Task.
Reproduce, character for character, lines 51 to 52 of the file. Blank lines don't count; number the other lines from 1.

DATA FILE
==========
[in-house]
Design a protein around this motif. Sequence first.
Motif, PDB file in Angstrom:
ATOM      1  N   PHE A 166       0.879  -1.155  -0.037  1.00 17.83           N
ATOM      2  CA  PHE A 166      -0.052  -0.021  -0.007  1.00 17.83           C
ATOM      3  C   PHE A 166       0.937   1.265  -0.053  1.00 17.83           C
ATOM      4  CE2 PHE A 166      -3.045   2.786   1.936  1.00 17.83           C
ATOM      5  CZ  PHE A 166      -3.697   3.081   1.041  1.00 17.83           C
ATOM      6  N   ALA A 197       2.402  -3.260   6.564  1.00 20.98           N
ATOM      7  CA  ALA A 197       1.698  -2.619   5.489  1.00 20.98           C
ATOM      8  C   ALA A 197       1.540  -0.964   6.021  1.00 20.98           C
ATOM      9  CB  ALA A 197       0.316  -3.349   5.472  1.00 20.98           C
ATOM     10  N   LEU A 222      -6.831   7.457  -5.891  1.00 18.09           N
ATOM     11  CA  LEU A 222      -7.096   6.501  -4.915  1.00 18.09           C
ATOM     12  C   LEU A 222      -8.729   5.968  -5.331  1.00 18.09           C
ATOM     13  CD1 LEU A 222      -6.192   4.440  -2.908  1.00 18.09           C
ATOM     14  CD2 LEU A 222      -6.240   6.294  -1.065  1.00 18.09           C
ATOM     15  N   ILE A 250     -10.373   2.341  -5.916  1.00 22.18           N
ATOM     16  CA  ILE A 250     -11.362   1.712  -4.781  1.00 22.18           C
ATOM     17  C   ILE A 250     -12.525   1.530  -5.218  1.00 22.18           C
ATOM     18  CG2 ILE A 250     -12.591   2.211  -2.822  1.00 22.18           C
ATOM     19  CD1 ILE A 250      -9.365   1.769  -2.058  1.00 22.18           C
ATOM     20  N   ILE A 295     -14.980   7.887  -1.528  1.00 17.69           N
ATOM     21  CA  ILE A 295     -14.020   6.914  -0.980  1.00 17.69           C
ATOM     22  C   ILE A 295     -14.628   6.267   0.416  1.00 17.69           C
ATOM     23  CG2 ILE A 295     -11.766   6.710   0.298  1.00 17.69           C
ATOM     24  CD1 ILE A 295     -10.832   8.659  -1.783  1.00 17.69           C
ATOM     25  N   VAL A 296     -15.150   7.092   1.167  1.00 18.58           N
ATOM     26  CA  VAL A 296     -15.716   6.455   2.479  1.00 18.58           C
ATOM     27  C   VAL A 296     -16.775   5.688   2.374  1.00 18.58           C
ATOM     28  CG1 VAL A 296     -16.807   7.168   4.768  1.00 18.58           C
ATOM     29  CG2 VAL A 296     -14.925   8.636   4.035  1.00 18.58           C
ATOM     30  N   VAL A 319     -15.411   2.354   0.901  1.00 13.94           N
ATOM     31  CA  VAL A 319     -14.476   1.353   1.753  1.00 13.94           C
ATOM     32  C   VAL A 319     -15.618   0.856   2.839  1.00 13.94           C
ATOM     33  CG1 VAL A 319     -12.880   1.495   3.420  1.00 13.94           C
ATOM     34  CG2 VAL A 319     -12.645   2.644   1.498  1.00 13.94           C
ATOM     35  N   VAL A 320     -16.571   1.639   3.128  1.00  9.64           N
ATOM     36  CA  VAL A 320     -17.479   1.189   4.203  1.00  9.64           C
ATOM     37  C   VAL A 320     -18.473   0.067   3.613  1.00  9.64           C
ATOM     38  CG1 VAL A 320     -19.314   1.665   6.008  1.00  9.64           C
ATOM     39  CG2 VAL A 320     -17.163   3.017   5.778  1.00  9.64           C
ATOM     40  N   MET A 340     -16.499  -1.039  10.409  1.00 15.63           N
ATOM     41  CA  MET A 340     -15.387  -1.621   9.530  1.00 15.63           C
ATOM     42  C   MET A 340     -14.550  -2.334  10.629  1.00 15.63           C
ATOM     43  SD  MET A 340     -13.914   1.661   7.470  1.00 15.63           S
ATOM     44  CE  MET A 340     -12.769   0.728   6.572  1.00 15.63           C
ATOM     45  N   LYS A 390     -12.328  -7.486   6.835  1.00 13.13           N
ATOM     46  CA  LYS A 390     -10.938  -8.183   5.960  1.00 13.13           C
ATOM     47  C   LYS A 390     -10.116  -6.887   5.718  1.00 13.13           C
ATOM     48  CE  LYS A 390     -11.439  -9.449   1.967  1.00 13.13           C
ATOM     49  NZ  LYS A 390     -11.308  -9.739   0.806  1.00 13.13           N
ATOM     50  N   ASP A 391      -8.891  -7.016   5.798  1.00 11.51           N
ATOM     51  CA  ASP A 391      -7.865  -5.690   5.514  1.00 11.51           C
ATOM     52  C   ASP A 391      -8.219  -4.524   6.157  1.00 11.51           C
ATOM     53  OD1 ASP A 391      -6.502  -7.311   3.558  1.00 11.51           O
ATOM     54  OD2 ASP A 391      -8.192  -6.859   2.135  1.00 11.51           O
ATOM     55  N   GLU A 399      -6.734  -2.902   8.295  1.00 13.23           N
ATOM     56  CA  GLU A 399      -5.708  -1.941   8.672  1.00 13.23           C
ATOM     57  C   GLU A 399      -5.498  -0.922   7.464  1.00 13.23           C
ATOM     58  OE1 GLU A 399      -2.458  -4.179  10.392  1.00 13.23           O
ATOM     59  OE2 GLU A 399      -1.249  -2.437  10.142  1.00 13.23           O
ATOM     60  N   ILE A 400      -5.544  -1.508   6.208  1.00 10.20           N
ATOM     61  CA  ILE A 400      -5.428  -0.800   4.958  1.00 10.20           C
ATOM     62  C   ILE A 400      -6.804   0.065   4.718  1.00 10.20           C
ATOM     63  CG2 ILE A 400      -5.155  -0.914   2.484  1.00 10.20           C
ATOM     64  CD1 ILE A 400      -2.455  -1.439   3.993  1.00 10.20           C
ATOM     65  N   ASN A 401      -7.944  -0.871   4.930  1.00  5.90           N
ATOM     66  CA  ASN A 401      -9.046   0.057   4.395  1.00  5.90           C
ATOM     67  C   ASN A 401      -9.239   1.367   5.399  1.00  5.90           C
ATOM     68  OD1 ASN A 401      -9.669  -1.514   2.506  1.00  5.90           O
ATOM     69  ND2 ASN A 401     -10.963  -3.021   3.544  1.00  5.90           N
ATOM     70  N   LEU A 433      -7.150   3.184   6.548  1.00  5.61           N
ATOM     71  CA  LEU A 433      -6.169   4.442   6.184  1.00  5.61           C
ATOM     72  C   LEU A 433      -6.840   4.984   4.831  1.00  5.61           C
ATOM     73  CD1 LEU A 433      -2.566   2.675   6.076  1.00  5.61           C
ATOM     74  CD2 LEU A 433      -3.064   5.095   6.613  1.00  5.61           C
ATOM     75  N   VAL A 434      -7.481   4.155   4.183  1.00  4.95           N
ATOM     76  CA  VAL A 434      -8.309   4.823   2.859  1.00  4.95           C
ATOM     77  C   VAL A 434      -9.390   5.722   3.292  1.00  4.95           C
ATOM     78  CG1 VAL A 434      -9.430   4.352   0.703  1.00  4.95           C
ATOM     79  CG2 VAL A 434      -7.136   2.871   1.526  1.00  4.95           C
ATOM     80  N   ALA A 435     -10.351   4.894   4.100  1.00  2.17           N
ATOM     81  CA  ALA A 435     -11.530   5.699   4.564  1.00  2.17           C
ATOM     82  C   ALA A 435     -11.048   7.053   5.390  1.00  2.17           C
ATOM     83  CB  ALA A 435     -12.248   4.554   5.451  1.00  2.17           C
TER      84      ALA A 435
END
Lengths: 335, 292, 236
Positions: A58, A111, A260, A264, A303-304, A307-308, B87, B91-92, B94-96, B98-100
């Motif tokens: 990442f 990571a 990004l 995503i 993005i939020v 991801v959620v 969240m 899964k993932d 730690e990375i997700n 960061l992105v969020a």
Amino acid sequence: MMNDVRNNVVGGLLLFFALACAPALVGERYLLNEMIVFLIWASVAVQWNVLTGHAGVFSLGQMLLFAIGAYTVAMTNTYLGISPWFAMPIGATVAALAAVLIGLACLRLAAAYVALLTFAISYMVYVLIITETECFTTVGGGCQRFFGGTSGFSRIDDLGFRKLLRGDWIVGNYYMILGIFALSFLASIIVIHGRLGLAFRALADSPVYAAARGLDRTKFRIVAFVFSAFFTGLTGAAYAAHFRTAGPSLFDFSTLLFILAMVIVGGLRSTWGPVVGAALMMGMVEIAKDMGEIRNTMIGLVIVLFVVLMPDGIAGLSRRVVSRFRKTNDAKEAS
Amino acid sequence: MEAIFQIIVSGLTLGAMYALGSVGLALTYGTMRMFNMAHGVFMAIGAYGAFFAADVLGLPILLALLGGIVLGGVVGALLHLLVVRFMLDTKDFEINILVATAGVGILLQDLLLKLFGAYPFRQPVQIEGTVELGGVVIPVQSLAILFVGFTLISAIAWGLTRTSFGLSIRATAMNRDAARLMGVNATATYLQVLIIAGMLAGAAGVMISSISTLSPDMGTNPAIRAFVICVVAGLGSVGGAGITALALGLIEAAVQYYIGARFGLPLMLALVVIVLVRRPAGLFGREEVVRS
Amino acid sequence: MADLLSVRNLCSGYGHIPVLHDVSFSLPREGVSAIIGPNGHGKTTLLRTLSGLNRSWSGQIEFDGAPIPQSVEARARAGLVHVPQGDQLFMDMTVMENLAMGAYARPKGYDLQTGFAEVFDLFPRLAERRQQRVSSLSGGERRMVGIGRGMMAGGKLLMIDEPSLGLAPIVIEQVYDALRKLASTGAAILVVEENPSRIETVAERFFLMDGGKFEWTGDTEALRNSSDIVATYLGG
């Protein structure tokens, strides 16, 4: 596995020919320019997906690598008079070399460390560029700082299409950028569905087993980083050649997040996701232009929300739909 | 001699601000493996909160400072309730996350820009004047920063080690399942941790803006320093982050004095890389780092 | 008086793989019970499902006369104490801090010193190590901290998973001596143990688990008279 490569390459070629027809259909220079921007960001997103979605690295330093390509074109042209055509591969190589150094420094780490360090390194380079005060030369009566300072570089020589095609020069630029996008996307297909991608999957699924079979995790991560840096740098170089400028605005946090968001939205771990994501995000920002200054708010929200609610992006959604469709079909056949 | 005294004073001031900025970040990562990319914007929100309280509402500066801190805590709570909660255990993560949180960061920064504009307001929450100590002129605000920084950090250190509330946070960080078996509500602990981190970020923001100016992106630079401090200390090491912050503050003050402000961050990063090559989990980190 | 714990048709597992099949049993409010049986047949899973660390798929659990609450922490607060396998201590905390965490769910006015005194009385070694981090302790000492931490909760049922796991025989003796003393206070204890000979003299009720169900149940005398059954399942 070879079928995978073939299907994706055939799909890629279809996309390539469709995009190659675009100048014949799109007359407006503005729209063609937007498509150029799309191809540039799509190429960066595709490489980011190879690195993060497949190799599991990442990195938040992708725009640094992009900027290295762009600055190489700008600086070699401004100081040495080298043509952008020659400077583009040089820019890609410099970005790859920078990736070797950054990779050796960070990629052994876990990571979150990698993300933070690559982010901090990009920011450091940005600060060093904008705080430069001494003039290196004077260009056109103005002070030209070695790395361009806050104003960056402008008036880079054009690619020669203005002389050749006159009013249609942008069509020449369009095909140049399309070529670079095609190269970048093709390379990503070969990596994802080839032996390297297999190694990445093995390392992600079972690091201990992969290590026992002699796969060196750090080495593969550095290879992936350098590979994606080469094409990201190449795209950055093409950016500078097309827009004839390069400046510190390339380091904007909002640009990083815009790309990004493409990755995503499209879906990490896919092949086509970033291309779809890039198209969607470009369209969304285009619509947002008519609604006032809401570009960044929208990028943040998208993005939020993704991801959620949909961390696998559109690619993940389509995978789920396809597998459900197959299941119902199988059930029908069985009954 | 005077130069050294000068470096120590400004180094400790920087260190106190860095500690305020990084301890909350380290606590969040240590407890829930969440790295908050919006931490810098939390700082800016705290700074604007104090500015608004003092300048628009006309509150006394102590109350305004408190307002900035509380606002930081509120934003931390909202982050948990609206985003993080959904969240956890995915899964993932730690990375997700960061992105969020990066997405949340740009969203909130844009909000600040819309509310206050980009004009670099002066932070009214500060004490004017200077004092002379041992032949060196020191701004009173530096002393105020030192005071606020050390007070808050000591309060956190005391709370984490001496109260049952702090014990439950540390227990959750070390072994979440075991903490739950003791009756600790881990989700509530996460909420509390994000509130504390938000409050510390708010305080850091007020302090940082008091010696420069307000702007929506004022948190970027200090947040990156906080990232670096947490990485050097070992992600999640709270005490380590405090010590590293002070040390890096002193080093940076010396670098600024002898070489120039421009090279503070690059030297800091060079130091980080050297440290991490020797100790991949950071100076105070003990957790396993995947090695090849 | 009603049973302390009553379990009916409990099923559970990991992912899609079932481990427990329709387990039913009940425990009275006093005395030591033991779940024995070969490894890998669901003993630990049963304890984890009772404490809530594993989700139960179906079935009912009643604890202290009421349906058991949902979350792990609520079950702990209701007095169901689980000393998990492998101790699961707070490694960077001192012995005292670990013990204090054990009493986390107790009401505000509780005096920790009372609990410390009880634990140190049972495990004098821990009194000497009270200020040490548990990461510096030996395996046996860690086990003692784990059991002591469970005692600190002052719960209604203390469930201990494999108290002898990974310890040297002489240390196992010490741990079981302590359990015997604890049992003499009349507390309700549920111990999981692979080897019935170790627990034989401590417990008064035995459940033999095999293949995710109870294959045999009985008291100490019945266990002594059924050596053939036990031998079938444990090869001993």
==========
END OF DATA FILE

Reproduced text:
ATOM     48  CE  LYS A 390     -11.439  -9.449   1.967  1.00 13.13           C
ATOM     49  NZ  LYS A 390     -11.308  -9.739   0.806  1.00 13.13           N